Money (illustration)
Money (illustration)Thinkstock

A court in San Diego, California, has ruled that victims who were wounded in a 1997 terrorist attack on Ben Yehuda Street in Jerusalem will be compensated by Iran.

The ruling, which was handed down on Friday after 15 years of litigation, says the victims will be given $9.4 million using Iranian money that was confiscated by the United States.

The terrorist attack in question took place on September 4, 1997, when three Hamas suicide bombers simultaneously blew themselves up on the pedestrian mall, killing five Israelis.

Among the five dead were three 14-year-old girls: Sivann Zarka, Yael Botvin and Smadar Elhanan.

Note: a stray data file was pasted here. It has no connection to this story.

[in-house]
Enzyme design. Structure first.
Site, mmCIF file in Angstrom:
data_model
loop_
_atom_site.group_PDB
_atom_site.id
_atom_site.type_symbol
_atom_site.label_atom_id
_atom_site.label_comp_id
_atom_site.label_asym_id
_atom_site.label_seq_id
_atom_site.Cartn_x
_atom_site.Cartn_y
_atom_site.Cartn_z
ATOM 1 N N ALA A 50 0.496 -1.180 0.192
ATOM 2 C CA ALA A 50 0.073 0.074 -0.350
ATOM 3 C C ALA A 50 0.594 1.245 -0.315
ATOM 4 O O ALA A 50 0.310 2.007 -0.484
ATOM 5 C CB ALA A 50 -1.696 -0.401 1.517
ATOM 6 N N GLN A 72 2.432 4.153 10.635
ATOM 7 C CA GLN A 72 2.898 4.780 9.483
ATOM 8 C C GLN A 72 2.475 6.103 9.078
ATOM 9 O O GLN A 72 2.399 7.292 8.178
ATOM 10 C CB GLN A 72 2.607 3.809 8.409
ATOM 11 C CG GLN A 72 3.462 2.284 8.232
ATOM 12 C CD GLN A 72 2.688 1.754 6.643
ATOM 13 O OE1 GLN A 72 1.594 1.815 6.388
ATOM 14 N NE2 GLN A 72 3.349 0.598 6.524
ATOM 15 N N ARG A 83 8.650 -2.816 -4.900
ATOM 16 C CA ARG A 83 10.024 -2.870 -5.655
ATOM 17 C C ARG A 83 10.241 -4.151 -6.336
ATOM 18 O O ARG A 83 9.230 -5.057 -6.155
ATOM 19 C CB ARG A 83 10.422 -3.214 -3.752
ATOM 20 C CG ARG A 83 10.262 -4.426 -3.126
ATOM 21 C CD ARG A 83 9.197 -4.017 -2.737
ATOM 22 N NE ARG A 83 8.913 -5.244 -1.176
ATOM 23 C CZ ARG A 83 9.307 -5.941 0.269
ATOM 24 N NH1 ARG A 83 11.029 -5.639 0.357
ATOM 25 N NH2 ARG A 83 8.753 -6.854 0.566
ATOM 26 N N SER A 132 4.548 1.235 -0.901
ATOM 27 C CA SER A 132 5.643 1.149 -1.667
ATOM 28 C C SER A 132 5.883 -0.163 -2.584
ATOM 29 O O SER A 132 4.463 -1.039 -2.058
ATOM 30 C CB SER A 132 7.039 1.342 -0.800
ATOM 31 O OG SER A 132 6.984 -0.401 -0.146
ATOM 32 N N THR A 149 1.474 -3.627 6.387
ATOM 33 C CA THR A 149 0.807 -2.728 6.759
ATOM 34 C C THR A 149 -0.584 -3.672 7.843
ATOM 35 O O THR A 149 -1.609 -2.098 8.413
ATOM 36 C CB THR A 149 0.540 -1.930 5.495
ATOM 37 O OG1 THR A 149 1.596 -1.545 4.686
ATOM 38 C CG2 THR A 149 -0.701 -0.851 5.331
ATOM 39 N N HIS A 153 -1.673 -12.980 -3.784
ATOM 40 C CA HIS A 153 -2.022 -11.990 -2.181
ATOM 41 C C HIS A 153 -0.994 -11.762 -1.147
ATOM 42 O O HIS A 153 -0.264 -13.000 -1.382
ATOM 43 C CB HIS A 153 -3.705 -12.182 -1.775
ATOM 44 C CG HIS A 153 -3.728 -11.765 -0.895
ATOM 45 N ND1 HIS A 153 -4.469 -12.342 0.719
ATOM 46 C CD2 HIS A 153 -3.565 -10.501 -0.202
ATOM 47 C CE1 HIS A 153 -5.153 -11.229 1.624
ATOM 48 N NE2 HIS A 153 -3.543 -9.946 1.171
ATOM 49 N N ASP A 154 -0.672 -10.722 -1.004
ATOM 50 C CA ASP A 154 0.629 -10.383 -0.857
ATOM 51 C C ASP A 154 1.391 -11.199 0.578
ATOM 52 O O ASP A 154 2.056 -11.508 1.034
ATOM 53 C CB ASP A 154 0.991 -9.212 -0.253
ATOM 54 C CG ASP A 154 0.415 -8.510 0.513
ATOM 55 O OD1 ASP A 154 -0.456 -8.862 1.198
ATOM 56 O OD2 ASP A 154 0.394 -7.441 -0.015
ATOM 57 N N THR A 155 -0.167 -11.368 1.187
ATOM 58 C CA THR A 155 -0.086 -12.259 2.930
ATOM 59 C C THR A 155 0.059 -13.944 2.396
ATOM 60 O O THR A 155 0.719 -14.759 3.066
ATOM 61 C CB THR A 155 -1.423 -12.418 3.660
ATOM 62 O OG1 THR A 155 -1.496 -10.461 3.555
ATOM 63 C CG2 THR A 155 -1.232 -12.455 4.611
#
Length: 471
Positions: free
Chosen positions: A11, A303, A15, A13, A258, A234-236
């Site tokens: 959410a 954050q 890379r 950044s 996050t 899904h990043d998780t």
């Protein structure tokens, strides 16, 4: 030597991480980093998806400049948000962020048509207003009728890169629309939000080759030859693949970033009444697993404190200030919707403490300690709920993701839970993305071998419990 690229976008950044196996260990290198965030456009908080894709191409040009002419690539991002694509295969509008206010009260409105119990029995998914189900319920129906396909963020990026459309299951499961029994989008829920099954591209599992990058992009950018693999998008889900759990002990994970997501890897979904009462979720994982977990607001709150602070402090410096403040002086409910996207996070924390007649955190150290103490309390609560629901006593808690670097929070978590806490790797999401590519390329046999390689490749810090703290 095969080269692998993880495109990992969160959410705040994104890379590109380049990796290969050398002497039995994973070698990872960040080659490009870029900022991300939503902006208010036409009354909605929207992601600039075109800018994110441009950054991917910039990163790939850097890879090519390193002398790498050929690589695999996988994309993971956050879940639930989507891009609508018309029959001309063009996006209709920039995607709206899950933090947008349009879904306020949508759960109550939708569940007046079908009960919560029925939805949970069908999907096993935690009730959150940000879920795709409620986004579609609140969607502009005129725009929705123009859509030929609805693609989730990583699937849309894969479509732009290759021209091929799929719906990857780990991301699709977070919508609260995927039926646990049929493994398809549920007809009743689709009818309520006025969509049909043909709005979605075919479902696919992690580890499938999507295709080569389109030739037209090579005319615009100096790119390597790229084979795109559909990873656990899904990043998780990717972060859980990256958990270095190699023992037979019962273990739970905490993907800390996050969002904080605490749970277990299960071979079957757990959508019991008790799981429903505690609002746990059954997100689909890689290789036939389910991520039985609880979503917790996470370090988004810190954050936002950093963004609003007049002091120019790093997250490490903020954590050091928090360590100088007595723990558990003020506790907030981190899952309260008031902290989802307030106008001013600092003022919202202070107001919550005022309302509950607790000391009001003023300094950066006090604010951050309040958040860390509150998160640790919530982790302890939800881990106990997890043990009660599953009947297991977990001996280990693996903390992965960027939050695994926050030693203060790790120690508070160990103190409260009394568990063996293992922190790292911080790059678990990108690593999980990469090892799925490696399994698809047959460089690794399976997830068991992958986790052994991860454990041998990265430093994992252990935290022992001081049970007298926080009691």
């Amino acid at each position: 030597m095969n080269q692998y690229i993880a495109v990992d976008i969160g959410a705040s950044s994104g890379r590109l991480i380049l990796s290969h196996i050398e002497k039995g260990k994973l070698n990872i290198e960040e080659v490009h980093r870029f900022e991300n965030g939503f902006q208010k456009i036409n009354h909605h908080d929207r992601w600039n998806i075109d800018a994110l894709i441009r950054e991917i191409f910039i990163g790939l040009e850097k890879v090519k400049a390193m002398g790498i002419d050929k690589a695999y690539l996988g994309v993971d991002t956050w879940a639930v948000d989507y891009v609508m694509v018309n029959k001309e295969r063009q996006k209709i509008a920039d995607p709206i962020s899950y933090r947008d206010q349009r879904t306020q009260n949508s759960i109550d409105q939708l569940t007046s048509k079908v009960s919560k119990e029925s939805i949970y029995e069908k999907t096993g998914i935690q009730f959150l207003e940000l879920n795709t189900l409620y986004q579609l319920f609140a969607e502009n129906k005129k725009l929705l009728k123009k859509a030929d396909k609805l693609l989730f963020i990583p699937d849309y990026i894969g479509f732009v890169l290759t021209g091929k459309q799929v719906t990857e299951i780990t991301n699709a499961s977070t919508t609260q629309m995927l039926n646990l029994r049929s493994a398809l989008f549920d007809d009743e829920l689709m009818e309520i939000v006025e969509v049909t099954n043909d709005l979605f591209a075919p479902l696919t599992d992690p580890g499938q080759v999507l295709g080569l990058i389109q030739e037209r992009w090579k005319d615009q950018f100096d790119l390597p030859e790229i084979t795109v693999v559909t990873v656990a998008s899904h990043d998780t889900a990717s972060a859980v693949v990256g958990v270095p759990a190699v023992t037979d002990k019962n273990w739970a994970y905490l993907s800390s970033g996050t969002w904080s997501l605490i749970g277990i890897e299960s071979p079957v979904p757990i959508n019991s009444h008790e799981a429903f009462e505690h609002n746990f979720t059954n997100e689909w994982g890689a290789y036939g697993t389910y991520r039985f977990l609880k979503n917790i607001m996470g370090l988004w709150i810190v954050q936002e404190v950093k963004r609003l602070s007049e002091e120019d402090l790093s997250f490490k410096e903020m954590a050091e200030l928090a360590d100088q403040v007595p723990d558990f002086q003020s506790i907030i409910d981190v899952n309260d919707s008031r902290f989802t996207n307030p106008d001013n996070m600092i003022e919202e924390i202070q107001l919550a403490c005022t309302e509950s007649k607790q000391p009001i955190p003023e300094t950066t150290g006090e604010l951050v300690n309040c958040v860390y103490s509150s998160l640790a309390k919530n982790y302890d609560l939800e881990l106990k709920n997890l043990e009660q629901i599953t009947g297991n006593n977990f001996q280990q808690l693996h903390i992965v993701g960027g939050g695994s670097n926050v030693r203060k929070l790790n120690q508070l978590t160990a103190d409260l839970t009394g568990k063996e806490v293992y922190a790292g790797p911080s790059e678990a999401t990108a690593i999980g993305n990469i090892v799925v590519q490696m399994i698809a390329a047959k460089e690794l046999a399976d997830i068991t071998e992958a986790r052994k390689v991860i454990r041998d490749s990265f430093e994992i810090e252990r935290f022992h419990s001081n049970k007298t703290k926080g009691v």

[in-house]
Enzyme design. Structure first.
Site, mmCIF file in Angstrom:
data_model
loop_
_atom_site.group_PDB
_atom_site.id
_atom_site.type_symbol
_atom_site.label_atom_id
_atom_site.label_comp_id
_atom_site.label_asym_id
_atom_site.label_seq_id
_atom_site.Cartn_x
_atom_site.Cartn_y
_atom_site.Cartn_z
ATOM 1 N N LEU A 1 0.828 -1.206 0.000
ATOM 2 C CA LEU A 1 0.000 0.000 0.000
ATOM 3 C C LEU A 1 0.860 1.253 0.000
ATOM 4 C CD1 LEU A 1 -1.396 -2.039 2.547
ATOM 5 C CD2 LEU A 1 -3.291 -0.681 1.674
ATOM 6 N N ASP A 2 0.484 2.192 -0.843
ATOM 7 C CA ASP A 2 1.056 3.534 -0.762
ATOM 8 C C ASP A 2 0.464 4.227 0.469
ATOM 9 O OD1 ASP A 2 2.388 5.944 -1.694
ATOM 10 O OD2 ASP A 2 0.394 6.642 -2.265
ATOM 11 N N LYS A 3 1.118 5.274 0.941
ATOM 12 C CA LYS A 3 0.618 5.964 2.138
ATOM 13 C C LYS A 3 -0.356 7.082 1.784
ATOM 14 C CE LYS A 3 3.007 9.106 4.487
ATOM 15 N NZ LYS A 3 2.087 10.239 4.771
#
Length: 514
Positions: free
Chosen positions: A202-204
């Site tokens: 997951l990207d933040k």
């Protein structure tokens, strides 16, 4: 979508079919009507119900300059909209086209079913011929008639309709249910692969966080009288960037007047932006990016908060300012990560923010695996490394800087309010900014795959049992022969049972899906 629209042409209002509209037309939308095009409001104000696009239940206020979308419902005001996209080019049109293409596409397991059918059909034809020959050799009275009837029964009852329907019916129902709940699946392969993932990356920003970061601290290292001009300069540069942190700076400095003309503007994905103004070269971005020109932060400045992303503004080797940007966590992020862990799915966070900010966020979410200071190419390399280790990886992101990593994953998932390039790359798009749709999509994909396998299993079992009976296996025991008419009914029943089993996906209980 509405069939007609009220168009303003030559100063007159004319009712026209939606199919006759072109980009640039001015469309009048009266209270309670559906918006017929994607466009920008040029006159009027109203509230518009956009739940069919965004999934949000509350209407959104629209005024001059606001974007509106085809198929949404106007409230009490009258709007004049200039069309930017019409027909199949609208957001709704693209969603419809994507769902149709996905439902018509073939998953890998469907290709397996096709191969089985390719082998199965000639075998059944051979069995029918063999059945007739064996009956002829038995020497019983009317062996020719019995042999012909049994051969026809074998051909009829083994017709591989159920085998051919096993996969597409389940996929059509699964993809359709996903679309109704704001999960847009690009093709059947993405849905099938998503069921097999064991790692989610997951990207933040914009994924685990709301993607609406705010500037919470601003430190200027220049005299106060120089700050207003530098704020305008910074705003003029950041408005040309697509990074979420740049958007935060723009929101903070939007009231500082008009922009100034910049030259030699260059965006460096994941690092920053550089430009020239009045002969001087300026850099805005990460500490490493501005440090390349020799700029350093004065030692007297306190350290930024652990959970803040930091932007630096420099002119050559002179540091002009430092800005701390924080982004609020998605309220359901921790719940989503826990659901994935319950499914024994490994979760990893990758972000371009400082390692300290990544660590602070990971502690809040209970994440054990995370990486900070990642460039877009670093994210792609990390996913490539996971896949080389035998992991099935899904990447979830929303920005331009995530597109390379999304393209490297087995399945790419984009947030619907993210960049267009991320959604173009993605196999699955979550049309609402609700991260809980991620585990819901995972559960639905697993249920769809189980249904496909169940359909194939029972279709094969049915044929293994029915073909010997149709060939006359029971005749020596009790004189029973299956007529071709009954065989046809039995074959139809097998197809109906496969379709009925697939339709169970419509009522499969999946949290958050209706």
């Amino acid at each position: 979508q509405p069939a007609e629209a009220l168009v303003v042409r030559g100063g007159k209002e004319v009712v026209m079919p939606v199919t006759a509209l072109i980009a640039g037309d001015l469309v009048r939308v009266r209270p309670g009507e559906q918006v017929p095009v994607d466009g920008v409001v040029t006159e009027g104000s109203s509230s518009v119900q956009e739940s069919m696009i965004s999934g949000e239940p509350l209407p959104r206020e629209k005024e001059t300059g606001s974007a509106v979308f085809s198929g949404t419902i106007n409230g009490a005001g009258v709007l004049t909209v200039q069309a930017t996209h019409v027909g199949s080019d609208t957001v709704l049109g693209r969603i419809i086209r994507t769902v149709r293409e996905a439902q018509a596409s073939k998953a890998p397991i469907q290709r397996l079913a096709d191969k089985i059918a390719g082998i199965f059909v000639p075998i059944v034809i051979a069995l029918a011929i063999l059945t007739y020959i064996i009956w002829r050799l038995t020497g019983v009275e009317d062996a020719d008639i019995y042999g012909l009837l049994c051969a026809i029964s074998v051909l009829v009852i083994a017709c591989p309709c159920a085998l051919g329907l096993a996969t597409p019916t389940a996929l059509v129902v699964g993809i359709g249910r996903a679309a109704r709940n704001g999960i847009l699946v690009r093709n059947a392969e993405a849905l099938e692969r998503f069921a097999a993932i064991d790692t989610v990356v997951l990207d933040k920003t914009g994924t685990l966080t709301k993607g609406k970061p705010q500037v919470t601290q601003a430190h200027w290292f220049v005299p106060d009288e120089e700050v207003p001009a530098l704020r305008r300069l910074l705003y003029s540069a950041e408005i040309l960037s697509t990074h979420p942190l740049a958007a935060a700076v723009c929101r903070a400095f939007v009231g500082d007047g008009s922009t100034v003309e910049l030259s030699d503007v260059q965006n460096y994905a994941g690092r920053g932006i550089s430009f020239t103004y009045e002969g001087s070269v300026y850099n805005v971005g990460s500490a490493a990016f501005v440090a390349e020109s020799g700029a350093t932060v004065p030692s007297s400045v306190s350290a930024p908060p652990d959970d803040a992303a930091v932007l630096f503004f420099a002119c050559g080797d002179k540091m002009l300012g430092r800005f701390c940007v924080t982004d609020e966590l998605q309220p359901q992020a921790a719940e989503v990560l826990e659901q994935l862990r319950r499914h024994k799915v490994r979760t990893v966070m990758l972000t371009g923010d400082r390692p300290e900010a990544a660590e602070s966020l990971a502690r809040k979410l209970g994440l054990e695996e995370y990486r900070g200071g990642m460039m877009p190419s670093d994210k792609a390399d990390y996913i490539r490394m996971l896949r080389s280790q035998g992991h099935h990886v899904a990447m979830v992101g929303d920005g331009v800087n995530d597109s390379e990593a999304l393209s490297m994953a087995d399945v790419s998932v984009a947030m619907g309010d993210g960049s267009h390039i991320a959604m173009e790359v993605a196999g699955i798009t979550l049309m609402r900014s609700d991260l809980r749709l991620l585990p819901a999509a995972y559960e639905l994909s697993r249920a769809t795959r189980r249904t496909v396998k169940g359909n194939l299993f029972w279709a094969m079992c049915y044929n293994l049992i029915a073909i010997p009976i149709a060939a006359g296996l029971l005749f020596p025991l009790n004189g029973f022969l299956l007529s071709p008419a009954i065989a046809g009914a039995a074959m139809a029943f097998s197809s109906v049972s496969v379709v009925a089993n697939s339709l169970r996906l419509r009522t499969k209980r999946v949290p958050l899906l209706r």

In its unprecedented decision, the court ruled that the attack was carried out with the support of Iran, and accepted an appeal by the victims and their families, ruling that those who have dual Israeli-American citizenship will be compensated using the frozen Iranian assets held by the Cubic Defense company.

The ruling is significant, given the fact that the European Union and the United States are both currently in the process of lifting sanctions on Iran, as part of the implementation of the nuclear deal with the West.

The judge ruled that even if Iran appeals to the Supreme Court over the ruling, he will not delay the transfer of the compensation to the victims' families.

One of the plaintiffs, Stuart Hersh, who was very seriously wounded in the attack, said after the ruling, "It is a great victory of justice for the families. I will not be the same person as I was before the attack, but the money we will receive will allow me to improve my quality of life and receive all the medical treatments I require to this day."